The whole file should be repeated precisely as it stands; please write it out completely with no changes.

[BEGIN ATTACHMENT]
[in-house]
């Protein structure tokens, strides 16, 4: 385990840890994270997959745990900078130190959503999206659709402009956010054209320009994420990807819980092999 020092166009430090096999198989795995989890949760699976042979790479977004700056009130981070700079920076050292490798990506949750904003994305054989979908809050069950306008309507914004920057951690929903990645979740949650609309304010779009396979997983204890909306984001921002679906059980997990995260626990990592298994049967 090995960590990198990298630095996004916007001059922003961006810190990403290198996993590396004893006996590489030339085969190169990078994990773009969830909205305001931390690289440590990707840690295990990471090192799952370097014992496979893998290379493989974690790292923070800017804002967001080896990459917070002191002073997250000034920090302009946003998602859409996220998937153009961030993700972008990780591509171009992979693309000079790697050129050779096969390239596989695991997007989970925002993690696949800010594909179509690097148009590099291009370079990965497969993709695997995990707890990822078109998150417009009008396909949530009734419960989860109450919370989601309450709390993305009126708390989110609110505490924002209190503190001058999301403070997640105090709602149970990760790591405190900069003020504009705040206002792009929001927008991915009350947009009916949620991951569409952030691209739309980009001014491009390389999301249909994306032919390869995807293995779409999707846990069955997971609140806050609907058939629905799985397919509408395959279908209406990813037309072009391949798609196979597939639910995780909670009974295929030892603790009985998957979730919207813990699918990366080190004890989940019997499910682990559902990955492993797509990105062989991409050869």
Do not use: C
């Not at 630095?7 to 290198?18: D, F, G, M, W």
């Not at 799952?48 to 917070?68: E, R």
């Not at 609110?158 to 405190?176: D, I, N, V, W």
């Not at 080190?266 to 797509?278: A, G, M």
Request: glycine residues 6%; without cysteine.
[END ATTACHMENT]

[in-house]
């Protein structure tokens, strides 16, 4: 385990840890994270997959745990900078130190959503999206659709402009956010054209320009994420990807819980092999 020092166009430090096999198989795995989890949760699976042979790479977004700056009130981070700079920076050292490798990506949750904003994305054989979908809050069950306008309507914004920057951690929903990645979740949650609309304010779009396979997983204890909306984001921002679906059980997990995260626990990592298994049967 090995960590990198990298630095996004916007001059922003961006810190990403290198996993590396004893006996590489030339085969190169990078994990773009969830909205305001931390690289440590990707840690295990990471090192799952370097014992496979893998290379493989974690790292923070800017804002967001080896990459917070002191002073997250000034920090302009946003998602859409996220998937153009961030993700972008990780591509171009992979693309000079790697050129050779096969390239596989695991997007989970925002993690696949800010594909179509690097148009590099291009370079990965497969993709695997995990707890990822078109998150417009009008396909949530009734419960989860109450919370989601309450709390993305009126708390989110609110505490924002209190503190001058999301403070997640105090709602149970990760790591405190900069003020504009705040206002792009929001927008991915009350947009009916949620991951569409952030691209739309980009001014491009390389999301249909994306032919390869995807293995779409999707846990069955997971609140806050609907058939629905799985397919509408395959279908209406990813037309072009391949798609196979597939639910995780909670009974295929030892603790009985998957979730919207813990699918990366080190004890989940019997499910682990559902990955492993797509990105062989991409050869």
Do not use: C
């Not at 630095?7 to 290198?18: D, F, G, M, W």
């Not at 799952?48 to 917070?68: E, R």
């Not at 609110?158 to 405190?176: D, I, N, V, W």
């Not at 080190?266 to 797509?278: A, G, M």
Request: glycine residues 6%; without cysteine.